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Earlier this week, a photo popped up showing my little sister pinning on one of my gold bars as I was commissioned an Army  2nd Lieutenant out of the OCS Brigade at Ft. Knox, Kentucky in 1969. Ten months and 10 days after enlisting in the OCS program, I’d been propelled from recruit to officer. I had skipped my college graduation in May in order to take a cruise of Lake Michigan and the North Channel with my family before reporting for duty. My enlistment was forced by the draft, which proposed to grab me within two weeks of graduation.

What followed were two years of active service, in places ranging from the Army War College (where I served as officer in charge of 43 military funerals at Gettysburg National Cemetery) to working as a press escort officer out of a forward corps press camp in Vietnam.

While a proper sense of the appropriateness of honoring those who fought and died in war was imbued in me through my own service and exposure, it was only years later that I learned that the war in Vietnam had been extended, with the loss of 20,000 additional Americans and a million Asians, by a political calculation to Richard Nixon and Henry Kissinger when they maneuvered to cancel the proposed Paris Peace Talks of 1969 in order to deny the Democrats the Presidential election that year.

My god, how can politicians play tinker toys with the lives of millions of people, as if we were just pawns on a board? And that’s just what they did, and what they have continued to do in the generations since Vietnam, despite the lessons we could have learned there, but didn’t.

So, this Memorial Day, I do mourn the lost, those who were sacrificed as much as gave sacrifice for their country. But I also mourn the continuation of the crass, inhuman brand of politics that characterize the highest levels of leadership in our country., then and now.  If only humanity were our true brand of politics, and that humanitarians were our one and only brand of politicians.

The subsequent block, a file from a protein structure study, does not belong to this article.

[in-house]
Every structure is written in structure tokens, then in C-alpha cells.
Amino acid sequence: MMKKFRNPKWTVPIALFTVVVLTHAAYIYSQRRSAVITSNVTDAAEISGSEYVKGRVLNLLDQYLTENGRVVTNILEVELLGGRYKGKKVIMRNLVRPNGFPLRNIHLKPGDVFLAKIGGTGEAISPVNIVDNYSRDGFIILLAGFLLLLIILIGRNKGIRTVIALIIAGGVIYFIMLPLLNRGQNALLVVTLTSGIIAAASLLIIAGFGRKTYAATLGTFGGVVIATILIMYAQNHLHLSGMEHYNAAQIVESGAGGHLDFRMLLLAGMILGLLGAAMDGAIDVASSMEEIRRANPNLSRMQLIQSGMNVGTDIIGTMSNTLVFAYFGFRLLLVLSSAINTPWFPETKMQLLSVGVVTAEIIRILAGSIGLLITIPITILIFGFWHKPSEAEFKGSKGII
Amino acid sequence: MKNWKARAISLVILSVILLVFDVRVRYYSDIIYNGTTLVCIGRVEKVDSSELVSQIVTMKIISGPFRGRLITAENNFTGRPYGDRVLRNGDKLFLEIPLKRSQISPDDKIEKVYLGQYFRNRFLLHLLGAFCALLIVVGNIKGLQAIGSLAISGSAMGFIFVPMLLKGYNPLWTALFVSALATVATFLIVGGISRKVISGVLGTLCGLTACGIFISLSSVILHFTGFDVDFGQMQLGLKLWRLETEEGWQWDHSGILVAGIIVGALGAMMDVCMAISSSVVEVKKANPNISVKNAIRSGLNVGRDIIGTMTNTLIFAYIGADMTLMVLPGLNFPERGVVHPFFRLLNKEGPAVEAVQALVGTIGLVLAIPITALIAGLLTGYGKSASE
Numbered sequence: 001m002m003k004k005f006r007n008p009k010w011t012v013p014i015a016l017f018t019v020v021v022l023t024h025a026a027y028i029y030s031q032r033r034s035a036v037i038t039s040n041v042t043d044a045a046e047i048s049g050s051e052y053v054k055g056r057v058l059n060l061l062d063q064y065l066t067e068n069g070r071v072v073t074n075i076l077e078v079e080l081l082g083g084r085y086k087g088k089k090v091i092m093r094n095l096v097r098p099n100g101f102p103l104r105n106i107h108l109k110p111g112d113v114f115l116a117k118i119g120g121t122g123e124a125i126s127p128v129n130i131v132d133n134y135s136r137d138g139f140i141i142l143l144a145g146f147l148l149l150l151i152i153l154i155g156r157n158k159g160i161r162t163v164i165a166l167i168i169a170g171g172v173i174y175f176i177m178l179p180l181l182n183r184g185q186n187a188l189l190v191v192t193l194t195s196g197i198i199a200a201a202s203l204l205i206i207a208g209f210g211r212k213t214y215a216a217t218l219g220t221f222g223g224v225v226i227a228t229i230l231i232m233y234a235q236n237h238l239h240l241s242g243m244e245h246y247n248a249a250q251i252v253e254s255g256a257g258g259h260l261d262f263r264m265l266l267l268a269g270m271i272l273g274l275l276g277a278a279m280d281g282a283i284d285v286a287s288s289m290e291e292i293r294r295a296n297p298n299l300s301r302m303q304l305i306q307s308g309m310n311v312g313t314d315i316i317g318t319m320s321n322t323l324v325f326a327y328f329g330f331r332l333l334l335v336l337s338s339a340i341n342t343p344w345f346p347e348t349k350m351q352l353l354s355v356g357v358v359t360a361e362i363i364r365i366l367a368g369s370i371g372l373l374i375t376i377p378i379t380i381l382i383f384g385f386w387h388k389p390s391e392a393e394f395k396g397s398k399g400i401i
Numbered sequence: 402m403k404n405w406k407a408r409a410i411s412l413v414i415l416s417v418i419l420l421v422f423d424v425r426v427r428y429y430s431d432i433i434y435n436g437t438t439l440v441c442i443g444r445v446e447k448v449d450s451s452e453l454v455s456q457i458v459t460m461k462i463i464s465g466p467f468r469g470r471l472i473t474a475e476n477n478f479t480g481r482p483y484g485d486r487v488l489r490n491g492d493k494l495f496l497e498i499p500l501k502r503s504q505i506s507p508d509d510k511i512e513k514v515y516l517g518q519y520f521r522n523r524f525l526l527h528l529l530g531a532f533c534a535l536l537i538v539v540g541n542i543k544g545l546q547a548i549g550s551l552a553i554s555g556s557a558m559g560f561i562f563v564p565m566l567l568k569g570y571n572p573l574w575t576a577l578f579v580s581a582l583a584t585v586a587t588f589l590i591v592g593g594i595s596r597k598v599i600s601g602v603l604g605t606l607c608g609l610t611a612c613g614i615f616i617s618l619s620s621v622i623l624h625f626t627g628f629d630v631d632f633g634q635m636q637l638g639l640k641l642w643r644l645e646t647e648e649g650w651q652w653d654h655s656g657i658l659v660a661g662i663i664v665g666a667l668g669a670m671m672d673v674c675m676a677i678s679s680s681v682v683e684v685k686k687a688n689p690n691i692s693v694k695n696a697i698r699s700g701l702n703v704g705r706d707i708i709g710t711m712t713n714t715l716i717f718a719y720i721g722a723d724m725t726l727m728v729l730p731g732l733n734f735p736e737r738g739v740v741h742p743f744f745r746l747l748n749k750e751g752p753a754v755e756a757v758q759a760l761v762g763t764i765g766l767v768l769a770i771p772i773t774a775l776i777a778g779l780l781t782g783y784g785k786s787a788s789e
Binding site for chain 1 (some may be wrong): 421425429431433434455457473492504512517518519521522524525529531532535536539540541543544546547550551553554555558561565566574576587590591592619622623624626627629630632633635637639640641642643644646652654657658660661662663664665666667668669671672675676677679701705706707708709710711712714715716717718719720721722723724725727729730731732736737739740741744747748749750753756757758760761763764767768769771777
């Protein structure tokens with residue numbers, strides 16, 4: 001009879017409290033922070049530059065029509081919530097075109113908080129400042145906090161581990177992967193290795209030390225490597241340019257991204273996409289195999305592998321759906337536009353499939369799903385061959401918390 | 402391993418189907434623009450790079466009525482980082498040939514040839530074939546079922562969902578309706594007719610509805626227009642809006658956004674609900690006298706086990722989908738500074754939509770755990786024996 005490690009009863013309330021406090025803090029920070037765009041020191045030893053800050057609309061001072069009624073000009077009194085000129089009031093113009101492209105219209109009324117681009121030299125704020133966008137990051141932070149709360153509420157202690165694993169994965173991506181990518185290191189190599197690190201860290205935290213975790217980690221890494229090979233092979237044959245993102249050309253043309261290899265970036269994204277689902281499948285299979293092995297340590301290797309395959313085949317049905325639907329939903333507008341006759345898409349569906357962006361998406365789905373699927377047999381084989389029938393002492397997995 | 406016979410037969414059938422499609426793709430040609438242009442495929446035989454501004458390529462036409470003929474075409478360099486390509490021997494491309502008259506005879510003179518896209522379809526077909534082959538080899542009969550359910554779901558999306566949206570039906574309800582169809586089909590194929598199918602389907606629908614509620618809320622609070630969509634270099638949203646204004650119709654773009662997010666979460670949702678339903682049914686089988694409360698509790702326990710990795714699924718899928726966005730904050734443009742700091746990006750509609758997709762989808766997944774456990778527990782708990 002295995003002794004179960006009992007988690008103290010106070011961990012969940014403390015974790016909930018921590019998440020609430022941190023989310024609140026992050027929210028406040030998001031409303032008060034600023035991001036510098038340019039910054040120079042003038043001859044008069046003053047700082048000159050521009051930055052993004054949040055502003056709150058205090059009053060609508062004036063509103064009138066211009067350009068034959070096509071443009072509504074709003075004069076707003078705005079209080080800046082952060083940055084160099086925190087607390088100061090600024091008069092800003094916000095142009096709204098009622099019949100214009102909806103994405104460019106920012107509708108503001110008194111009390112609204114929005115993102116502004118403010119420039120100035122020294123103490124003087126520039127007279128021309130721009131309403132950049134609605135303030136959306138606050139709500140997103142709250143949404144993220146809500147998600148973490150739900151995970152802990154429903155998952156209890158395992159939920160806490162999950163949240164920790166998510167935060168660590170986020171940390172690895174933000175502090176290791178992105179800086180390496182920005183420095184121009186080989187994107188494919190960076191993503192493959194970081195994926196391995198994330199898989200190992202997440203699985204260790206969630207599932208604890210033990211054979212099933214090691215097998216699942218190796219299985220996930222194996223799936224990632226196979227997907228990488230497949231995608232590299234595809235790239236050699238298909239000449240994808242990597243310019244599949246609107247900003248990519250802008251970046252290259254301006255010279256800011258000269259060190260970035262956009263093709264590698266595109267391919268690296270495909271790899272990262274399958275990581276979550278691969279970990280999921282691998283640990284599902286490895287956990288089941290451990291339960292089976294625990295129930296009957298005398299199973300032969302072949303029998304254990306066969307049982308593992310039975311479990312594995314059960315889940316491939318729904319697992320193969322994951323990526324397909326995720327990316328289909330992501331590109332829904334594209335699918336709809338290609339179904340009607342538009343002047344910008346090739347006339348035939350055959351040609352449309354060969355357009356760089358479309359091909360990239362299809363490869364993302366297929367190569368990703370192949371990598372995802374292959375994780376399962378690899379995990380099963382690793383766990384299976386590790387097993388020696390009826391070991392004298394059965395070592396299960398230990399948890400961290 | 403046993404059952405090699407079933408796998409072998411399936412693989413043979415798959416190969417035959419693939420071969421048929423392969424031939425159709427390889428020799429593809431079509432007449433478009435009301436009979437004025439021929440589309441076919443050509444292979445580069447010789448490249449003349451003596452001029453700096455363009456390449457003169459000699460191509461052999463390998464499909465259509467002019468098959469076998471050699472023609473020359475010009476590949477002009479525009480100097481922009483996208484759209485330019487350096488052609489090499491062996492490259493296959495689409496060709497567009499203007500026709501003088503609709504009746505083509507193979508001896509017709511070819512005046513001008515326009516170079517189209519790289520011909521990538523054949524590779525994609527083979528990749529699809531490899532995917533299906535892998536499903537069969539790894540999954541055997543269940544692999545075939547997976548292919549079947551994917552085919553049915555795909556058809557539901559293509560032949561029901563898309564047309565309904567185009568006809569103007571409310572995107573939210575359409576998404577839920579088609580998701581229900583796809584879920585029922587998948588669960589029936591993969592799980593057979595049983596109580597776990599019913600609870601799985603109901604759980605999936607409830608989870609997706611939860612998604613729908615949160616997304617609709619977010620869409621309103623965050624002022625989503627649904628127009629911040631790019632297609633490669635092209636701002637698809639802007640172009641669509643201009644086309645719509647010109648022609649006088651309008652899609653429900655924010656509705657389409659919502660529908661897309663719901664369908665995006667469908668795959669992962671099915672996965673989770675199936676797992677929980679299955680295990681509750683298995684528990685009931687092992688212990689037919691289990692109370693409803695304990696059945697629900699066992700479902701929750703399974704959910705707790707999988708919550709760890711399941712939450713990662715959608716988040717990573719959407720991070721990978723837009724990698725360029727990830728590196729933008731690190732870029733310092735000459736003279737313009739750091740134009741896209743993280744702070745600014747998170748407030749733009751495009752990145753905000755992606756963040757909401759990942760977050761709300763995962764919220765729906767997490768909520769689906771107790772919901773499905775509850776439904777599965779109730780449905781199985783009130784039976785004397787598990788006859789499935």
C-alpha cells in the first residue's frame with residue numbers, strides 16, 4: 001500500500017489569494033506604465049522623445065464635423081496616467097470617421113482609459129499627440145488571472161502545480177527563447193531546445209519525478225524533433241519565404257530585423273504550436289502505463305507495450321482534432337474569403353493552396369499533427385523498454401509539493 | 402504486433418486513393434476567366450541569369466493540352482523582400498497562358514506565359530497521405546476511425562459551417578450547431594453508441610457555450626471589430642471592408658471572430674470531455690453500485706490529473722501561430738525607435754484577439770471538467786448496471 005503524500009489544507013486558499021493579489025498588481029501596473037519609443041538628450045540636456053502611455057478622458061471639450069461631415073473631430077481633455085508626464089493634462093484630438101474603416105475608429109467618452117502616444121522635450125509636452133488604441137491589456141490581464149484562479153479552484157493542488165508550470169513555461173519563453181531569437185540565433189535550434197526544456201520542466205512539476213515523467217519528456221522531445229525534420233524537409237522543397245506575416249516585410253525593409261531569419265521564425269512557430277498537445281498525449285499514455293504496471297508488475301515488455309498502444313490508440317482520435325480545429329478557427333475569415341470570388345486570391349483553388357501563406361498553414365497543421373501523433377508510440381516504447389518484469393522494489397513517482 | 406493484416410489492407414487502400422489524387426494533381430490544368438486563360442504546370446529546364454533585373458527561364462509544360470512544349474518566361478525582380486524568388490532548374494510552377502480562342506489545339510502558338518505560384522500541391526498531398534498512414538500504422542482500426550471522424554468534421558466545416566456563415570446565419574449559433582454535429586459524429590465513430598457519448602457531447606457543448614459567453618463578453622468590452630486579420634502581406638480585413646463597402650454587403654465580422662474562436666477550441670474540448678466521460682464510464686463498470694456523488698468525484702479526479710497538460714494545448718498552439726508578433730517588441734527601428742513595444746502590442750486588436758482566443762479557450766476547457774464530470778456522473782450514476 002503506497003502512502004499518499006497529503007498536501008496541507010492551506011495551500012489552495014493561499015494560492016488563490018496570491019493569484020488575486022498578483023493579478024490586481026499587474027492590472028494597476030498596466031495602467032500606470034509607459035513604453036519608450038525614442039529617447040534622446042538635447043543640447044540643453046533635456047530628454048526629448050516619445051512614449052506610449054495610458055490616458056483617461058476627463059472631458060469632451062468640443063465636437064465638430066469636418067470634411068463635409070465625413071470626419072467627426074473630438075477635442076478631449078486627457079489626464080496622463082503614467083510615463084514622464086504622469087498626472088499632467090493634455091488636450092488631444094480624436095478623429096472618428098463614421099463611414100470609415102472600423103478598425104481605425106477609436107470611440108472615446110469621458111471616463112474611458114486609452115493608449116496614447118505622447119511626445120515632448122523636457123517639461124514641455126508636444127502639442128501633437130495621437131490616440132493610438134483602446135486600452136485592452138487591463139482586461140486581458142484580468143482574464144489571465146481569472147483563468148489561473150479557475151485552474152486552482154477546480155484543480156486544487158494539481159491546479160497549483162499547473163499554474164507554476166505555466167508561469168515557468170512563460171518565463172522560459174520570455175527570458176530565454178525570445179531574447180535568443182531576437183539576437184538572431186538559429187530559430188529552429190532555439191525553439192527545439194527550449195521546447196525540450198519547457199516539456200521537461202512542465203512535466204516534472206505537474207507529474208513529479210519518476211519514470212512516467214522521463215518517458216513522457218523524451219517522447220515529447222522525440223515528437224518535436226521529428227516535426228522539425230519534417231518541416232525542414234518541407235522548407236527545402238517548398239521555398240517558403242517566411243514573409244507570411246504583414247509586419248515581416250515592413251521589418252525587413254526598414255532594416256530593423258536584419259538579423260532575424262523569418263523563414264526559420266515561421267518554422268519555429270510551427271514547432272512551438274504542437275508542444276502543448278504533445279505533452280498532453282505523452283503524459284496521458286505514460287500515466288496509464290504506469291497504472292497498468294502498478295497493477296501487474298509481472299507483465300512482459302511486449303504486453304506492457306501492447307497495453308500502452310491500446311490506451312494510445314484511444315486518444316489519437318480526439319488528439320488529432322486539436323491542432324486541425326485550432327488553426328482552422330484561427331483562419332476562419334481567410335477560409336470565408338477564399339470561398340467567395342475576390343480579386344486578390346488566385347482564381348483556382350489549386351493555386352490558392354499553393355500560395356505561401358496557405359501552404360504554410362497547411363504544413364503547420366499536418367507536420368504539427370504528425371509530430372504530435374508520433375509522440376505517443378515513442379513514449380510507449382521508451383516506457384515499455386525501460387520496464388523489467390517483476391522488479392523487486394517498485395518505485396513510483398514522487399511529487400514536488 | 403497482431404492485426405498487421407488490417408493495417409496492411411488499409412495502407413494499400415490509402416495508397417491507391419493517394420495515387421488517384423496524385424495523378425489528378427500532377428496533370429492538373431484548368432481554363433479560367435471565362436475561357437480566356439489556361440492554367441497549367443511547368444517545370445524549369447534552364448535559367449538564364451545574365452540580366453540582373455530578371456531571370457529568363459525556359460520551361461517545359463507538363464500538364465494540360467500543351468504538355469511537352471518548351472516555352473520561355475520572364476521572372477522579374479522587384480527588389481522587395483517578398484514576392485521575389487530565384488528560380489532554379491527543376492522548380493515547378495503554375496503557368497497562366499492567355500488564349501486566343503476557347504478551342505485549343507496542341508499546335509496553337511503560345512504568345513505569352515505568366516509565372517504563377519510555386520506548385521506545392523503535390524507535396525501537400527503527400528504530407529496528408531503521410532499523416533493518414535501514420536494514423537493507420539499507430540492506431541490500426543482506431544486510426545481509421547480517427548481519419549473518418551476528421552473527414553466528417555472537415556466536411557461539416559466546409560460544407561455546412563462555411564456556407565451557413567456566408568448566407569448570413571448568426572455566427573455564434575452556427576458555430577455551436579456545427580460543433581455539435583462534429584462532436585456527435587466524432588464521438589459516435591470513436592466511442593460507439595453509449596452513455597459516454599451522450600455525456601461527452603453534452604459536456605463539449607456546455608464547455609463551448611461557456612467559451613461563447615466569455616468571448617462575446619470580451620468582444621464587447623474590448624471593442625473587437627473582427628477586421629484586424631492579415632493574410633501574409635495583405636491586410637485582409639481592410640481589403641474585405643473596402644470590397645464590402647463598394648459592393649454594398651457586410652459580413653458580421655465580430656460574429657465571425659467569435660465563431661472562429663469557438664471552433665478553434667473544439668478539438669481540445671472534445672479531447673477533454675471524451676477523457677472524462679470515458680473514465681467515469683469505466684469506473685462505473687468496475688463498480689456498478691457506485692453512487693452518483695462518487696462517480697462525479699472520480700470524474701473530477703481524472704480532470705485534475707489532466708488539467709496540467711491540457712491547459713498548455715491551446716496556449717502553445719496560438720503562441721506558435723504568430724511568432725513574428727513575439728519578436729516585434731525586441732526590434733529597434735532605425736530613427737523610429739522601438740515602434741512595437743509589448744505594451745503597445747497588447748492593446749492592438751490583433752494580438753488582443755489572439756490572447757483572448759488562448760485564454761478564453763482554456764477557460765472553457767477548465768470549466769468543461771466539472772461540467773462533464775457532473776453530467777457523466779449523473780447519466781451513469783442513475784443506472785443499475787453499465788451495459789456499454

Memorial Day is always a mixed bag for me. I do weep for those who served and suffered. But most of them were followers, even the officers, of political leaders who had made life and death decisions on their behalf, sometimes for very bad reasons. Of late, especially since Vietnam, those reasons have been somewhere on the scale between questionable and dead wrong.

When we had the draft, in the Vietnam era, one could have great compassion for the young who sacrificed their options in life to serve their country when called. Even those who dodged service gave up option then. Since the end of the draft, many who have served have done so just to get a job and some training that was not otherwise readily available for them. We can have sympathy for them that they made such a Hobson’s choice.

Today, as we honor those who served, and especially those who suffered and died in place of ourselves, and as we remember their families, we might best respect their loyalty to their nation  by questioning the motives and the thinking of those who are our political leaders today, as to their military strategies. Do these strategies justify the continued use of our military might, and are the American people being served well by these strategies and the people behind them?

The loyalties and sacrifices of generations of Americans who have served and supported the military are best served, I believe, by an engaged, questioning, demanding public,  that holds our leadership accountable for their strategies and decisions, and speaks out boldly on behalf of those who have served, are serving and those yet to be called.

America has too often been a nation of Forest Gumps, being led to the slaughter by cynical, distant leaders. Memorial Day should be about honoring those who serve by questioning those who lead. It’s not just about memories, but accountability. For a personal story about questioning and service, see my essay, “All That Glitters,” as presented to the Chicago Literary Club. http://www.chilit.org/Papers%20by%20author/Ebeling%20–%20All%20That%20Glitters.htm

Following is an except of an essay I’m writing on my experiences during the Vietnam War era:

“The confluence of my coming to adulthood, influenced by world affairs in the late 60s, and so much of my subsequent life, seem to all stem from events around that cataclysm which history now knows as the Vietnam War. Similar personal stories surely grow out of the current debacles in Iraq and Afghanistan, as they did from the Korean War, and other breakdowns of civilization through all of human history.

“As an adult touching old age, I now look at war as the most abominable form of wholesale natural selection, and I’m bitter that the politicians and counselors who commit us to our wars almost universally remain exempt from real personal consequences of their decisions, besides obligatory consolation of the bereaved and being the recipients of abusive rantings in the blogosphere. Instead, those “brave” leaders invariably commit a generation of excitable youth to be the proxies for their own complex, bruised egos, and plots to secure needed oil inventories and pressures to sustain the military/industrial complex. The young warriors lead the way with their own deaths and personal and family sacrifices, while the nation’s leadership continues to politic, govern, prosper and then move on to honored, gracefully reflective retirements, often discussing their “difficult” decisions in their memoirs and in endless book tours.”

A peaceful Memorial Day to all.

September 2019
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